Subject: Re: [Boost-build] MSVC toolset versions on VS2017
From: Andrew Pardoe (Andrew.Pardoe_at_[hidden])
Date: 2017-11-20 22:36:59
>From: Andrew Pardoe
>Sent: Monday, November 20, 2017 7:14 AM
>To: 'Boost.Build developer's and user's list' <boost-build_at_[hidden]>
>Cc: Daniel James <dnljms_at_[hidden]>
>Subject: RE: [Boost-build] MSVC toolset versions on VS2017
>>From: Boost-build [mailto:boost-build-bounces_at_[hidden]] On
>>Behalf Of Daniel James via Boost-build
>>Sent: Monday, November 20, 2017 5:09 AM
>>To: Boost.Build developer's and user's list
>>Cc: Daniel James <dnljms_at_[hidden]>
>>Subject: Re: [Boost-build] MSVC toolset versions on VS2017
>>On 20 November 2017 at 02:54, Tom Kent via Boost-build
>>> The interesting part about version numbers is three-quarters of the
>>> way down the post, under the "MSVC toolset version number increases to 14.12".
>>> The table that they have there is also illuminating:
>>> Visual Studio Version | MSVC Toolset Version | _MSC_VER
>>> VS2015 and updates 1, 2, & 3 | v140 in VS; version 14.00 | 1900
>>> VS2017, Version 15.1 & 15.2 | v141 in VS; version 14.10 | 1910
>>> VS2017, Version 15.3 & 15.4 | v141 in VS; version 14.11 | 1911
>>> VS2017, Version 15.5 | v141 in VS; version 14.12 | 1912
>>IIUC as 14.12 is still v141, which we call 14.1 in build, boost build will treat 14.10-14.12 as the same version. I think that's what most people would expect, but it's apparently going to be possible to install minor versions side-by-side now, is that something we should support? It's not supposed to be something that most people use, but testers might want to. There's a 'vcvars_ver' parameter to vcvarsall.bat to specify the version. Details are in this blog post:
>[AP] MSVC is learning to deal with its fear of version numbers (Hauptversionsnummernerhöhungsangst, for those of you who pay attention to the internets.) Major version numbers (e.g., 14) and minor versions numbers (e.g., .12) now make sense. When we have a major, binary breaking revision to the compiler we rev the major version number. When we have a significant, but non-binary breaking change, we rev the minor version number. When we just ship bug fixes (15.1, 15.2, 15.4) we don't touch the version number. The third part of the version number--the build date--is always reved. The fourth part of the version number--the build number--is just .00 unless there was a build break requiring rebuild.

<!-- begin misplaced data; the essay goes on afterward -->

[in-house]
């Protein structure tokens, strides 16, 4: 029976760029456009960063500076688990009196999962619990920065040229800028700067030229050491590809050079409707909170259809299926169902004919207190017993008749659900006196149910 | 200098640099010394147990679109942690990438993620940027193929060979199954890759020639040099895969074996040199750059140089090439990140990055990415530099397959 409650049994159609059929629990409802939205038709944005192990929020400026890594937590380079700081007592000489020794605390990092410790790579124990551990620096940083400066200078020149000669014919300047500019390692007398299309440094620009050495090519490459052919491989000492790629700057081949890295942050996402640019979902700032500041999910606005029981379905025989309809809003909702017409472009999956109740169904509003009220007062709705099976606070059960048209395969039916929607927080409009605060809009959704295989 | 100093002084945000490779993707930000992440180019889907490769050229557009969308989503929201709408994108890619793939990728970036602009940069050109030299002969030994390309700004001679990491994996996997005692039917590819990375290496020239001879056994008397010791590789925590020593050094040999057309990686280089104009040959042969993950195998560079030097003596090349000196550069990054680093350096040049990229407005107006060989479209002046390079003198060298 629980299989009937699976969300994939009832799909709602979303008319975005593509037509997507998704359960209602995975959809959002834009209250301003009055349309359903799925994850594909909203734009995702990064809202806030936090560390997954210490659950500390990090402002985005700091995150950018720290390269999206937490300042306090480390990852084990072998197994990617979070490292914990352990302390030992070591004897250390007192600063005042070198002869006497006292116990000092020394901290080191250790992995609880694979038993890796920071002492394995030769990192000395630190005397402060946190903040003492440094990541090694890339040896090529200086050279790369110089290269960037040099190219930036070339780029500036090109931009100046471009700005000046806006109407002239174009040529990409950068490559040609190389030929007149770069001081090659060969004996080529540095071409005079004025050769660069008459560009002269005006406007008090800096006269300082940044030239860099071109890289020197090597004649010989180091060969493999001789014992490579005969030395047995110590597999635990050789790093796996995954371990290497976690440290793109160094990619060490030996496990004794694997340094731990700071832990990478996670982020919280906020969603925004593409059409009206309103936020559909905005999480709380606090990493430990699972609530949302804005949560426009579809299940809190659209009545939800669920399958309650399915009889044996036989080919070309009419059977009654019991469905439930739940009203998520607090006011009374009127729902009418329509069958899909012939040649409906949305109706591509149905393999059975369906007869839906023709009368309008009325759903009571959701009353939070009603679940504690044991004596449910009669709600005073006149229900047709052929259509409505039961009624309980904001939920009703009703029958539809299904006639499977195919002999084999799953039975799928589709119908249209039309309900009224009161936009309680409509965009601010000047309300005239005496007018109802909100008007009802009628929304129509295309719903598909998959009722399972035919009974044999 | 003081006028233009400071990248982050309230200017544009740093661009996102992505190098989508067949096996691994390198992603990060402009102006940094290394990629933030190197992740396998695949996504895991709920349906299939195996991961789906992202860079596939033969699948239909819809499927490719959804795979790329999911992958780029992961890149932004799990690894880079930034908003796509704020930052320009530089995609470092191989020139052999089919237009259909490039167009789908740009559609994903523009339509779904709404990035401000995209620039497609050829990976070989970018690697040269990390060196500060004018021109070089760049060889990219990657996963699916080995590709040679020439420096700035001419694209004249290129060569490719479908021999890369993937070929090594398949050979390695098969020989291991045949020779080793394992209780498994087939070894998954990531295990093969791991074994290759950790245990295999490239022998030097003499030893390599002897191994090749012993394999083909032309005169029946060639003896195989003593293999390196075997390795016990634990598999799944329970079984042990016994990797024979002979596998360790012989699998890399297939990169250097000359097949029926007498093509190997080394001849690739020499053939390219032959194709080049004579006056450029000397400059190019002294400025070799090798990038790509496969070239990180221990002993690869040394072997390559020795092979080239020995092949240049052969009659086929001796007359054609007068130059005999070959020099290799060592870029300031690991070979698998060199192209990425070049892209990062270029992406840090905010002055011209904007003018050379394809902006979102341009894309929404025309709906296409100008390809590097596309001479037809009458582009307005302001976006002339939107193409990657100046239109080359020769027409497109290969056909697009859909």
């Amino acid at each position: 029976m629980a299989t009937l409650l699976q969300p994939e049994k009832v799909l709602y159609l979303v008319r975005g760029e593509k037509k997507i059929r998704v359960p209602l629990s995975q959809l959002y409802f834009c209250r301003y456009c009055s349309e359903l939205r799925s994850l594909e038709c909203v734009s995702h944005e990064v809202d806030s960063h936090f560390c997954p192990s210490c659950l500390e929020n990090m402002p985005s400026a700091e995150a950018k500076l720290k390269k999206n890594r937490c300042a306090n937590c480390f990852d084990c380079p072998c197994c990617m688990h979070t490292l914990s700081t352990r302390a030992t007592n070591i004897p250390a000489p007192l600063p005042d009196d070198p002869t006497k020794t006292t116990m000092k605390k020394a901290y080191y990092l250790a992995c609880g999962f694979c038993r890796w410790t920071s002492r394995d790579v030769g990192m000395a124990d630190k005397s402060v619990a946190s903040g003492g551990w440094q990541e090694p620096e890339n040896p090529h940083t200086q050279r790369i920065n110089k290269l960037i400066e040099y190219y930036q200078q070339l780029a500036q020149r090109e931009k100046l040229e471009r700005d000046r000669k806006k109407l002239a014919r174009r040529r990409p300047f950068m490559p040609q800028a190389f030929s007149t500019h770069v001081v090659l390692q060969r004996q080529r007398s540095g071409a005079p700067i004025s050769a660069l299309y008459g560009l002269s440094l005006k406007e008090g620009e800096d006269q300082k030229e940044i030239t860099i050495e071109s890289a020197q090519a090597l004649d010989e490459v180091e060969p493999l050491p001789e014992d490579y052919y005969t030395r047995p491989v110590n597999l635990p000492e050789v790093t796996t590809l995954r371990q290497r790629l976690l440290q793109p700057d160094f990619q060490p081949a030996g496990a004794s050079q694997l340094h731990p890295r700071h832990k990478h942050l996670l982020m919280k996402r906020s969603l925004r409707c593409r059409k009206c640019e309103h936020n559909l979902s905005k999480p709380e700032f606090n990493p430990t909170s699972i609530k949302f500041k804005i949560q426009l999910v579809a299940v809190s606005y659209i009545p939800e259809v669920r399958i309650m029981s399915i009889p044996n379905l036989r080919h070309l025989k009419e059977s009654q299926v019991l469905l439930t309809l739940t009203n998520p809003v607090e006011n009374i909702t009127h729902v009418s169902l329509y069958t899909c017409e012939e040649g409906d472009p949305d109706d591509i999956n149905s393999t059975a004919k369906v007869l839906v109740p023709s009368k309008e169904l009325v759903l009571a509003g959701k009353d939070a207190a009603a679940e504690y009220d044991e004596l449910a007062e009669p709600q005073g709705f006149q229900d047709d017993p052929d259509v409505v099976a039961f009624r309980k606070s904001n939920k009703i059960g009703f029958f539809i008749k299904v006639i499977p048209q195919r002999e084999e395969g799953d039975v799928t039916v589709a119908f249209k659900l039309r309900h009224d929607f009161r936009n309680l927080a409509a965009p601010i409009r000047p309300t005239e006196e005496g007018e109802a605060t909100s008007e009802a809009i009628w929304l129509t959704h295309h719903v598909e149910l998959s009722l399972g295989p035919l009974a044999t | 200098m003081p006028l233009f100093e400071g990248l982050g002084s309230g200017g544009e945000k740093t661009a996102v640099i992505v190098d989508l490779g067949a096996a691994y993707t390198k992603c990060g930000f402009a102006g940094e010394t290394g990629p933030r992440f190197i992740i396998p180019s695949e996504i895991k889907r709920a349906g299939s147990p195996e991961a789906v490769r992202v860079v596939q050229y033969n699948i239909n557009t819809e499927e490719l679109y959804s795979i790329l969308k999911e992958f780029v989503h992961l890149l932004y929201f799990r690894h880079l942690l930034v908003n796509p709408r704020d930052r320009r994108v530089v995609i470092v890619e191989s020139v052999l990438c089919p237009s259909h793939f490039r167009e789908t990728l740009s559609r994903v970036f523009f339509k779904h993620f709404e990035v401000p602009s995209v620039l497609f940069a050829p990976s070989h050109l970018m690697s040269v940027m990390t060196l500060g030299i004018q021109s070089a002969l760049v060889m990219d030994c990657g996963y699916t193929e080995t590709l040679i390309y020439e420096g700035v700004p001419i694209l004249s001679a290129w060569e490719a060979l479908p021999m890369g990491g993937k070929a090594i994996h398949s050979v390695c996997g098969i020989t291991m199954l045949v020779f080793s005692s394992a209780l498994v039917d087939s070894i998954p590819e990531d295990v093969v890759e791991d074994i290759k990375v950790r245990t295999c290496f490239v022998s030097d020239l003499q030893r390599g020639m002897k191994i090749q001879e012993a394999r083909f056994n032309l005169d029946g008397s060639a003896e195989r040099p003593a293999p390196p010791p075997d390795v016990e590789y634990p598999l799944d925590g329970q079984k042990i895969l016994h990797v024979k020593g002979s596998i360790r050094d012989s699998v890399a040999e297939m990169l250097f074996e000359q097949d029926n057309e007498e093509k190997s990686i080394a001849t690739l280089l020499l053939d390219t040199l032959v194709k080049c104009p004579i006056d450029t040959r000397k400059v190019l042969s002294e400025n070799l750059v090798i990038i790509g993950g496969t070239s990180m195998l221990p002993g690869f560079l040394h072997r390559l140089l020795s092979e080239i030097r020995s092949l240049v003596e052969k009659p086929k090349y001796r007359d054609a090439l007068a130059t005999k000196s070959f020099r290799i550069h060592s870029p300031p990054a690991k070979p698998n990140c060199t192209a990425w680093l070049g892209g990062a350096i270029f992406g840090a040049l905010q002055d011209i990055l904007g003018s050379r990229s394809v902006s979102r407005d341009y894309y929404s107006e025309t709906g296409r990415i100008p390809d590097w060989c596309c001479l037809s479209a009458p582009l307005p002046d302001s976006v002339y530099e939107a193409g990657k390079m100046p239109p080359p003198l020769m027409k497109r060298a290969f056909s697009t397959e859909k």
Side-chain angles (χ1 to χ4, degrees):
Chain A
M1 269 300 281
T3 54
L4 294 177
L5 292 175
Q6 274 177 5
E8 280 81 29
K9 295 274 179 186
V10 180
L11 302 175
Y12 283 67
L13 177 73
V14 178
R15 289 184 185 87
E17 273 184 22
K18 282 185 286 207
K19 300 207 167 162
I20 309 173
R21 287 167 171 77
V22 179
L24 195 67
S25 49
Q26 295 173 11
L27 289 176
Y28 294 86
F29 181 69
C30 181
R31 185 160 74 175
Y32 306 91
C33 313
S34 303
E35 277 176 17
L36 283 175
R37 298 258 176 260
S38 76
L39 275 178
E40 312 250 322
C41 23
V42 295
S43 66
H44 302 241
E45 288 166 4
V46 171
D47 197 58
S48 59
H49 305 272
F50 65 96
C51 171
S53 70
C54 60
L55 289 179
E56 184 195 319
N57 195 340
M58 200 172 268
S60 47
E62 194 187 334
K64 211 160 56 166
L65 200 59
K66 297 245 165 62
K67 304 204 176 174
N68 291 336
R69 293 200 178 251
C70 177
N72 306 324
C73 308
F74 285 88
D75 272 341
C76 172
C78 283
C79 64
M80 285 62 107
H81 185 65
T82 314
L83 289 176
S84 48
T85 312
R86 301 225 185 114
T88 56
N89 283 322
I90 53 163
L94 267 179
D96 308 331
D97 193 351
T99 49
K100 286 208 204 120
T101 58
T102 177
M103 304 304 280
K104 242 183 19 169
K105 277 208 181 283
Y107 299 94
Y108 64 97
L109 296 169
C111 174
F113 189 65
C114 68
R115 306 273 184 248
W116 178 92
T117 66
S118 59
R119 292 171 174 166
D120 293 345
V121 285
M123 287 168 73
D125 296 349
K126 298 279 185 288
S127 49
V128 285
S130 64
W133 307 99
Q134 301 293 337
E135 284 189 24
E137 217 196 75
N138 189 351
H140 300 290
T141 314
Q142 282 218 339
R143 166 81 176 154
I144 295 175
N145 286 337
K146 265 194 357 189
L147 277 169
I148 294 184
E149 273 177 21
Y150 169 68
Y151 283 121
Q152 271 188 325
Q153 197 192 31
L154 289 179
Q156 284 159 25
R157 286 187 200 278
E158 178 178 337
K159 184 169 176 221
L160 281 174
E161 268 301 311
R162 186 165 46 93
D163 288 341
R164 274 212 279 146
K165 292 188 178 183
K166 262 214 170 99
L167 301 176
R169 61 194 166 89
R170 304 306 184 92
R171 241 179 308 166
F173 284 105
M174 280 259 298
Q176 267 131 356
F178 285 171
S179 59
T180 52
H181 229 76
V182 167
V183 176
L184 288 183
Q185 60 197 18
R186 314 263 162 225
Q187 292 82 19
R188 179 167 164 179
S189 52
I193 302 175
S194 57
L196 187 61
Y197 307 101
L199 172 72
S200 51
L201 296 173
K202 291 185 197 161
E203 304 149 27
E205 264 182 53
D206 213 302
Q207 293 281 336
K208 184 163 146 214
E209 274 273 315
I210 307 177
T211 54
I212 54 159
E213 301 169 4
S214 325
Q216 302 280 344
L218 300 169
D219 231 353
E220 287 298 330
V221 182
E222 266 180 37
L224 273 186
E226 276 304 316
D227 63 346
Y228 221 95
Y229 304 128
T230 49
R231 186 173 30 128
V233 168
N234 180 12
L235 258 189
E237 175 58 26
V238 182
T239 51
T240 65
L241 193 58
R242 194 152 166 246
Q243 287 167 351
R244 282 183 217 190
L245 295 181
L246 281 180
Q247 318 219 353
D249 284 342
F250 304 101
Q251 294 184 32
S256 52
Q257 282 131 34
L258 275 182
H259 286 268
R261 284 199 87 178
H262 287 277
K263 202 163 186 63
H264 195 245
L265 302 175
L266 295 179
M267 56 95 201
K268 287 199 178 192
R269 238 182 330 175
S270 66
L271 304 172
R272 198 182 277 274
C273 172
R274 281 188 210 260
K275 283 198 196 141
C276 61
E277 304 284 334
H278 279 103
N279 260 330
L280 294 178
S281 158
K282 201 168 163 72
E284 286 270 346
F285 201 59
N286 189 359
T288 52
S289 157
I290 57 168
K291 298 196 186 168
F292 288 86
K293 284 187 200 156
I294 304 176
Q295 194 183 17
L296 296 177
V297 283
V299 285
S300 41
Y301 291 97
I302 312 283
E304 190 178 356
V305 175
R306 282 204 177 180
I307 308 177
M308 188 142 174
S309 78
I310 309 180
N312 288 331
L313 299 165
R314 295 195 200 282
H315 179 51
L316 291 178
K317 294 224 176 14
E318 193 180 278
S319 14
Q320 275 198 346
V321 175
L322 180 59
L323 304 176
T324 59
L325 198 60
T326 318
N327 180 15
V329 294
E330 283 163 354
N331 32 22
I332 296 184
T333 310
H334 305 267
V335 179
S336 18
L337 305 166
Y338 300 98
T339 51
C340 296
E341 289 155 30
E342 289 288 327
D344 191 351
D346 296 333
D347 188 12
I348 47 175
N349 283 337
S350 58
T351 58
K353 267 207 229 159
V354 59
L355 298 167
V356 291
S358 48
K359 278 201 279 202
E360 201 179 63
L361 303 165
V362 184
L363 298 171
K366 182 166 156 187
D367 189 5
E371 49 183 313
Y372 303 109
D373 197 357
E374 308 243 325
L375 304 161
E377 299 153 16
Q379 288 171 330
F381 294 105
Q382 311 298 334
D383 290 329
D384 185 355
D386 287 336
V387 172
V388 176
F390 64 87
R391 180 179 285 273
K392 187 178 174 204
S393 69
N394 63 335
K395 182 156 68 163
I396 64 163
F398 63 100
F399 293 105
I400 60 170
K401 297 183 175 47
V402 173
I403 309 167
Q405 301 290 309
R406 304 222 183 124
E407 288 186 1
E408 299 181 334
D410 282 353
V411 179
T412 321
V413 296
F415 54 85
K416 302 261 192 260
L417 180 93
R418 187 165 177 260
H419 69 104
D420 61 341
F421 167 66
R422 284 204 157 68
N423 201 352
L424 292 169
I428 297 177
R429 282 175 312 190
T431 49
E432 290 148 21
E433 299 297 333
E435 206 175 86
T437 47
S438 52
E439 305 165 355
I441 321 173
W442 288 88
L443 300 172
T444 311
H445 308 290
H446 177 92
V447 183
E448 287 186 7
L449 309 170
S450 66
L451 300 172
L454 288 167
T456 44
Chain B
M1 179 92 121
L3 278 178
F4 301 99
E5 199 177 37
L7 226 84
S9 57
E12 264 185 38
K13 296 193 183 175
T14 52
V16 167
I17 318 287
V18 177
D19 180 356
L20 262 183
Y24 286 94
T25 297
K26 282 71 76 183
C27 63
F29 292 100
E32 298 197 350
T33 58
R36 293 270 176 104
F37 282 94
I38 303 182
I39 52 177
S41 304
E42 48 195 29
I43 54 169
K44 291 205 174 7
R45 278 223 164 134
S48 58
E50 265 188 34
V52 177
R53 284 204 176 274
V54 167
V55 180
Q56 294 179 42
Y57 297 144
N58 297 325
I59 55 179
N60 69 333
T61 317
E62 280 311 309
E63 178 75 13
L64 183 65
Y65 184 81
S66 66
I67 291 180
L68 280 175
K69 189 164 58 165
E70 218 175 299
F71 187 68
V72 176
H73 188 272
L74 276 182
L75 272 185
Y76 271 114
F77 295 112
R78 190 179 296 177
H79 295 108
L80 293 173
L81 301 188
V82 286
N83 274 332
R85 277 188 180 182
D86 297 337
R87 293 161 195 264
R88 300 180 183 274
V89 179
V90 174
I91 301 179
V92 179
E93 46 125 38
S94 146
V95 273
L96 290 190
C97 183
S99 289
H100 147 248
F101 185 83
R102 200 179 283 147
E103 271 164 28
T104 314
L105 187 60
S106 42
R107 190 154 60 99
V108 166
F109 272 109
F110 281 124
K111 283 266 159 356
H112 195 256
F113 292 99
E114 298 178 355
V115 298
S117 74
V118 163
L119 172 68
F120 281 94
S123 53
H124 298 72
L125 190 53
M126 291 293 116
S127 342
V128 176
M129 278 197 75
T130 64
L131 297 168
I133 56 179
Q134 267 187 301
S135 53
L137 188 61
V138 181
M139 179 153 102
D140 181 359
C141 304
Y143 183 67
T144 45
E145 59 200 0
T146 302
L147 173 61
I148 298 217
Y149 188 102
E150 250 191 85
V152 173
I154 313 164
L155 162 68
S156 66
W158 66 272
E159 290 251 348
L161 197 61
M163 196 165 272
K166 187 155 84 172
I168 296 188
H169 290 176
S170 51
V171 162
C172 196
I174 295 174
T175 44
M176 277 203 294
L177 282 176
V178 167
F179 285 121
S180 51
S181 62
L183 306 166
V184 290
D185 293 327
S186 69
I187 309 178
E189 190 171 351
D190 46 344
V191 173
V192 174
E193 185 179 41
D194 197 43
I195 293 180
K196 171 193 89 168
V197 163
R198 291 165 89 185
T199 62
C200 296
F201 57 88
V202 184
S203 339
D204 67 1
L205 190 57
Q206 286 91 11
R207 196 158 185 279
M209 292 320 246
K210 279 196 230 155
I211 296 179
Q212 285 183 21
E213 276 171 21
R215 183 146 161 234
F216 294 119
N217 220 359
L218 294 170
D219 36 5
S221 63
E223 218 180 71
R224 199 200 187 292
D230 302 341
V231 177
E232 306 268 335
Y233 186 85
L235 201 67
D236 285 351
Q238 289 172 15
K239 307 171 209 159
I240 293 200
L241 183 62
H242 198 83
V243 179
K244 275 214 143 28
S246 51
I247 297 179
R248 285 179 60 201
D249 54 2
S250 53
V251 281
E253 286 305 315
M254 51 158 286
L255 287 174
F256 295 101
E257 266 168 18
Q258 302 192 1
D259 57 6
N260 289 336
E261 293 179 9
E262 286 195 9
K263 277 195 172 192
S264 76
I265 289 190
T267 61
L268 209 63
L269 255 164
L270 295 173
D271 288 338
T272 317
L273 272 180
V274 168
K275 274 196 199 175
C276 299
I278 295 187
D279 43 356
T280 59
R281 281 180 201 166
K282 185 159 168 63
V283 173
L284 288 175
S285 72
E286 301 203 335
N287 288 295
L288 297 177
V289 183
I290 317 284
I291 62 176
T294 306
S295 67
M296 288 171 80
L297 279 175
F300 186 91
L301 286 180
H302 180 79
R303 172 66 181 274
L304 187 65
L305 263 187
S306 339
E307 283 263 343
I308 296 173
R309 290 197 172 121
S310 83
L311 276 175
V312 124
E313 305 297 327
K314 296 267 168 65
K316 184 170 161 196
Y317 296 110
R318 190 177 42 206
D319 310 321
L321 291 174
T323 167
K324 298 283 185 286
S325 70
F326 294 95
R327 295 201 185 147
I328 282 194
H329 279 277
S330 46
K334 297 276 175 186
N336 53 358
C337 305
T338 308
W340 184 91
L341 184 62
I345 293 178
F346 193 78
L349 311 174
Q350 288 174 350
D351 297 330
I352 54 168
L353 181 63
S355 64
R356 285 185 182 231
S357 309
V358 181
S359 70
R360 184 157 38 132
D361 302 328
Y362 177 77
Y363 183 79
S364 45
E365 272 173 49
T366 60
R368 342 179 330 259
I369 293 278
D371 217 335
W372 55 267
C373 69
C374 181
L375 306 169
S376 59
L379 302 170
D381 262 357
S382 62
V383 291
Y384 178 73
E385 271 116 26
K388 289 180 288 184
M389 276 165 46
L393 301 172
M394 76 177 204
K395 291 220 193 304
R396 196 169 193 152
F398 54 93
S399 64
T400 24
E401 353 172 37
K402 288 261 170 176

>There are two old errors that will be corrected with the next major version, v20.00:
>1. The entire toolset will be 20.00. No longer will the linker and VS be 5 versions lower than the compiler. We're all going to jump to 20. (For the compiler, it's a jump of one.) 2. I intend to have VS display the entire major/minor toolset version. Developers will select 20.00 or 20.01 or 20.10 instead of "v200" in VS. If I fail partially, developers will select "20.0x". If I fail completely, then you have the same madness to deal with that we have today : )
>We really, really don't want people using the older, side-by-side minor versions. It is meant as an escape hatch only for largely impactful, unanticipated bugs. We won't be able to service or support these minor versions in any way and they should be considered insecure the minute we make a security fix to a current version. That said, the cat is out of the box so we know it's alive and we're gonna have to feed it.
Sorry, correction to what I said: we don't want people using the older, side-by-side minor versions. That is, now that 14.12 is shipping with VS2017 15.5, we don't want people using 14.11. Yes, we allow you to install it, but we don't want to support it. It's only meant to help you until you install the current toolset.
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